Anniversary — an act of memory, Act 40: a recitation from memory of the Universal Declaration of Human Rights
Some time ago now Colin and I took part in Acts of Memory at the Arnolfini. Here is a link to artist Monica Ross' website for more information about the project.
The event took place in the theatre space with a wide range of people reciting articles from the Universal Declaration of Human Rights. Different people recited their chosen articles in different languages; Italian, Arabic, Spanish, Dinka, Farsi and many more.
Both Colin and I both decided to recite the article's we'd chosen in plain english rather than the more formal and legal English the original is written in.
Colin recited article 3:
You have the right to live, and to live in freedom and safety.
I recited article 27:
You have the right to share in your community's arts and sciences, and any good they do. Your works as an artist, writer, or a scientist should be protected, and you should be able to benefit from them.
Here are some email conversations with Monica Ross:
Thank your for your mail. I am very glad to receive it and very moved by the powerful points you have made about access to the arts. As you point out Article 27 can be so easily taken for granted, or even seen as a luxury, when it is really a fundamental right for us all and one of the most significant indicators of an equal society. I'm so pleased that colin had such a good experience too. It means a lot to know this - thank you. And he spoke his Article wonderfully, a great contribution.
Would you consider contributing your mail, or part of it, to the forum eve? -am sure others would appreciate the valuable emphasis of the points you make.
Just a thought, no worries if not.
My warmest thanks and best wishes,
Thank you for your email and positive comments and apologies for my delay in replying.
I have shown Colin your email and the photo - he's happy for you to use them, I am also happy for you to use my photo.
Colin said he found it a really eye opening experience and interesting to meet so many different people all agreeing on the importance of human rights. (summary of his thoughts)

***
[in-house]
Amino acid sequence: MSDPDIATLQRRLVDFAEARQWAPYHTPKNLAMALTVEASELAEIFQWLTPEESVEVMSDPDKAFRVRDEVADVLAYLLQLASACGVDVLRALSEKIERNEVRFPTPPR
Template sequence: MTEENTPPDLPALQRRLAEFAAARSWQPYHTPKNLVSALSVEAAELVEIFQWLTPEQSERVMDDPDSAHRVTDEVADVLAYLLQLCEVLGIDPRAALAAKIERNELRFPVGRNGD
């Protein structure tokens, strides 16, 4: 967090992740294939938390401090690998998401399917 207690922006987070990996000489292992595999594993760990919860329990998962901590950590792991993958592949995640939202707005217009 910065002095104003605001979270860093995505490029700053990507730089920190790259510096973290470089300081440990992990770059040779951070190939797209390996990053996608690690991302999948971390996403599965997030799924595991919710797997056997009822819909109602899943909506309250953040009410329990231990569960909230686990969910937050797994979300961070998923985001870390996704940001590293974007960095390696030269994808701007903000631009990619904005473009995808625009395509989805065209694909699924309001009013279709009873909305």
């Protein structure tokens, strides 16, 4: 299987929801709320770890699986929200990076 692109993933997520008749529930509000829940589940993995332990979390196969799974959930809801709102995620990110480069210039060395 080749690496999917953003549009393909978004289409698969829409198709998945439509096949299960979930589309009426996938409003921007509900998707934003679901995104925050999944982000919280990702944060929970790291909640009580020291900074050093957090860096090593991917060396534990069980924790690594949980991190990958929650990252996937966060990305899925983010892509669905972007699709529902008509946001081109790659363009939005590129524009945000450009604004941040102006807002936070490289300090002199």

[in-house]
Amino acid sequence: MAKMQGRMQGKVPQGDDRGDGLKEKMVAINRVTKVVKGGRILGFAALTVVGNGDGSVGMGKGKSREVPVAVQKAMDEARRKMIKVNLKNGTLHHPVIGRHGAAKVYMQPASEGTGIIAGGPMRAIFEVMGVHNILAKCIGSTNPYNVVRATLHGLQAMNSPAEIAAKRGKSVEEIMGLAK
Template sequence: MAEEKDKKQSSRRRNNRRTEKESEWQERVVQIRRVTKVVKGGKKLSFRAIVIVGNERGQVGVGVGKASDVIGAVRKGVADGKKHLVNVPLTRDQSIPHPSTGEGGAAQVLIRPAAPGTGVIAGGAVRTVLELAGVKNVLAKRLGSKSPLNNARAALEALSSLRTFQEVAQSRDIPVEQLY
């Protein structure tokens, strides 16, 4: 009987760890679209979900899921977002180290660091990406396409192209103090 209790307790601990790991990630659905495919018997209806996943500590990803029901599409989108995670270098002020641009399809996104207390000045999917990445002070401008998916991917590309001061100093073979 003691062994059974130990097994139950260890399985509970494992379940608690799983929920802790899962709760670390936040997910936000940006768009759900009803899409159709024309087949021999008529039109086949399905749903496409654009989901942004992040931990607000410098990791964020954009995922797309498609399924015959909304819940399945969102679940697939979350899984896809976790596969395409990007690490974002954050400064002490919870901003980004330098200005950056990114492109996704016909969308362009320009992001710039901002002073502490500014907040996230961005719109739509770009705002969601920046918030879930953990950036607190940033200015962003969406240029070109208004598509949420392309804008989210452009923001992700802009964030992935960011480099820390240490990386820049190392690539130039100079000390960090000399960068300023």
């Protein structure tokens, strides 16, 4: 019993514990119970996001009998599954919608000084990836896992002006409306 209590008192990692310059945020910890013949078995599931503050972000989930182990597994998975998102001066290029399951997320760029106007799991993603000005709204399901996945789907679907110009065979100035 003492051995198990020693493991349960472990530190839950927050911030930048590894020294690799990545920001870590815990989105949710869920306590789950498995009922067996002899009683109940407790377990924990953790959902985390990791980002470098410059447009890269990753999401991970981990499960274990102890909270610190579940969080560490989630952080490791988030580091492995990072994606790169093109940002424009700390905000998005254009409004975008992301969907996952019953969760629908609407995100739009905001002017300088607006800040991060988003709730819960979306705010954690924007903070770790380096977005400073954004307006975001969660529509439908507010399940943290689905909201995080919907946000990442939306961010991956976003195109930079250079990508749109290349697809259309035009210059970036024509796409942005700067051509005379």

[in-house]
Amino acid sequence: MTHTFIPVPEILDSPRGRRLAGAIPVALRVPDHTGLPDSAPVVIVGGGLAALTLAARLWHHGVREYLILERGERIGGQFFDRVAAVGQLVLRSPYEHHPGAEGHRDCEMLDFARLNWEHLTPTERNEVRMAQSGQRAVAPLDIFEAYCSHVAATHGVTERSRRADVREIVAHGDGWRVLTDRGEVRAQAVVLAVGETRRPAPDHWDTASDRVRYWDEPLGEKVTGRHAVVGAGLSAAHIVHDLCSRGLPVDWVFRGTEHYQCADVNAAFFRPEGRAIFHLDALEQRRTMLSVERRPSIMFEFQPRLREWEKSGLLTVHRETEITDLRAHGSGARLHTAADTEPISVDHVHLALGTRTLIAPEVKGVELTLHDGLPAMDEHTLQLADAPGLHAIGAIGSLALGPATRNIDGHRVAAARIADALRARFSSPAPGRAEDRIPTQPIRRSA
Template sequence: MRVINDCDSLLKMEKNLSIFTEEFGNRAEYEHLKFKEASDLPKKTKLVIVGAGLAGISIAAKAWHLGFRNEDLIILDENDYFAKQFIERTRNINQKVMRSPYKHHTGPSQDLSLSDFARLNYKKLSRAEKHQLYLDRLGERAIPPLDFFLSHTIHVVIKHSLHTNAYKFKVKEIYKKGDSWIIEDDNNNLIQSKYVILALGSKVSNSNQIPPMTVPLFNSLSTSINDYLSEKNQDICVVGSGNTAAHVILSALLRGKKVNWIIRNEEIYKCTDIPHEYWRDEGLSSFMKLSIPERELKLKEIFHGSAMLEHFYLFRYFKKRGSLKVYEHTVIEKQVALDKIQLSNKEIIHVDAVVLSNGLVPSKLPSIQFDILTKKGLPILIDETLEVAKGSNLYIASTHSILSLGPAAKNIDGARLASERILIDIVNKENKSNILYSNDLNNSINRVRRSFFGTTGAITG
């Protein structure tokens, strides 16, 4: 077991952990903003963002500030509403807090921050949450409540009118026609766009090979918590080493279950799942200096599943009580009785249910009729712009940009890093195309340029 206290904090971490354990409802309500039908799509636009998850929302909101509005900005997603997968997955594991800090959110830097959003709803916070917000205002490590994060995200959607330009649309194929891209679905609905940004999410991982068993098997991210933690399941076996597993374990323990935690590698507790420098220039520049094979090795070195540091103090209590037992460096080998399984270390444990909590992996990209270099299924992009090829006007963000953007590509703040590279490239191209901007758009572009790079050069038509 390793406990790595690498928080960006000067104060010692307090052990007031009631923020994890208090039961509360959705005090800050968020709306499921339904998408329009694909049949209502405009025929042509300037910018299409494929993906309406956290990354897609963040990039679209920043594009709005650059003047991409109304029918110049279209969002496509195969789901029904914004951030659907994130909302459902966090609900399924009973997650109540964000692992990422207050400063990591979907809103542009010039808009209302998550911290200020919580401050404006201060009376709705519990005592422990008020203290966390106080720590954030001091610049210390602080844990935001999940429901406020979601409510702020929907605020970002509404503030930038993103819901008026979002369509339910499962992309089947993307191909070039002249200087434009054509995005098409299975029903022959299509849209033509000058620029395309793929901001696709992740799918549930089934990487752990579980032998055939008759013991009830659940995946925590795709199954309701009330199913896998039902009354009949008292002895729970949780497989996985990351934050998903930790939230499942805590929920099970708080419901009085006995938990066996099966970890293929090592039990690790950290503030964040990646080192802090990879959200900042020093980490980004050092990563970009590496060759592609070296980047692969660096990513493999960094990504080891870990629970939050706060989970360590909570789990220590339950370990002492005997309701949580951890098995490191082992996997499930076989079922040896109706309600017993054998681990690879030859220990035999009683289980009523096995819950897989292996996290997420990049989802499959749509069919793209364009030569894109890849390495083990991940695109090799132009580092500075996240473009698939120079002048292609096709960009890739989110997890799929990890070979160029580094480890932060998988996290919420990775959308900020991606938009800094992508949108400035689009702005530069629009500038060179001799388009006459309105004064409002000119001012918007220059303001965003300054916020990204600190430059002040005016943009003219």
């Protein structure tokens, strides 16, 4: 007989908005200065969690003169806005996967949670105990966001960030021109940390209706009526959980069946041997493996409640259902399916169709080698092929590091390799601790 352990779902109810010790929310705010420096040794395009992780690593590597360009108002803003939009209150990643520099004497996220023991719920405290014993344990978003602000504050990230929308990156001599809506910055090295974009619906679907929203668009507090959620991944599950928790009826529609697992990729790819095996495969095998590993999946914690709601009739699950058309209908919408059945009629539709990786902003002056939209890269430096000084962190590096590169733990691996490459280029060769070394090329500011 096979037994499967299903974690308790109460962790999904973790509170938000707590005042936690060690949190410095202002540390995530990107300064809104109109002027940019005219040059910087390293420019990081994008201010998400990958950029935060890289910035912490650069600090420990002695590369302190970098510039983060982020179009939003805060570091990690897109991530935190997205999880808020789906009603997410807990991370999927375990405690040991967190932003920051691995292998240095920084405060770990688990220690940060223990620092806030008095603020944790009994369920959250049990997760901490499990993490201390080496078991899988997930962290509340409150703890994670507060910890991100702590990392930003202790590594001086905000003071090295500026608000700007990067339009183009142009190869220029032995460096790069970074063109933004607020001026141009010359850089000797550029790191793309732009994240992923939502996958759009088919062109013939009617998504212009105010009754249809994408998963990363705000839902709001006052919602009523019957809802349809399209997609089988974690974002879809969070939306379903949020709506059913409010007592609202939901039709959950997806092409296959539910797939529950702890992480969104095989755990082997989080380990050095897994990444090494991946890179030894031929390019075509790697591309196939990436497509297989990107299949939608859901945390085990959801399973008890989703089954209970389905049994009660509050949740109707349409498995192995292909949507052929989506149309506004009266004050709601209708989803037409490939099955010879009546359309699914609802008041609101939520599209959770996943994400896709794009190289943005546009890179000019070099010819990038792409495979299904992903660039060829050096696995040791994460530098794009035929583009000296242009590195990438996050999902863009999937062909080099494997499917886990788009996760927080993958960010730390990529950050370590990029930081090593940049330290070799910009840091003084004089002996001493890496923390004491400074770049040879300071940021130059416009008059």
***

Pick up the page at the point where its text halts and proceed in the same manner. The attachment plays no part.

From my experience I found it an empowering act to declare what at first thought may appear to be a rather auxiliary kind of right - one we take for granted that we have in this country but if you spend just a few hours out and about with someone for example with learning difficulties - suddenly it's brought home that access to the arts is not so easily open for everyone - just everyday barriers such as feeling vulnerable and unsafe out at night from years of abuse & bullying from people on the street mean you don't want to go out at night - so you miss anything that happens in the evening. And the benefit of the arts - to be part of a community to share in ideas and expressions of emotions and responses to our life experiences - this I would say is essential for our wellbeing. It sounds such a simple thing but a friendly and welcoming 1st contact at an arts venue can be the most important thing to create open access to the arts for people without this they can be intimidating and bewildering places particularly for someone who the experience is something new.
So thank you for the opportunity to share with other people from so many different backgrounds our human rights and because of the public arena these ideas are reflected backward and forward and between all who were there to bring perspective on our local, global and personal responsibilities to uphold those common values.
Thank you again.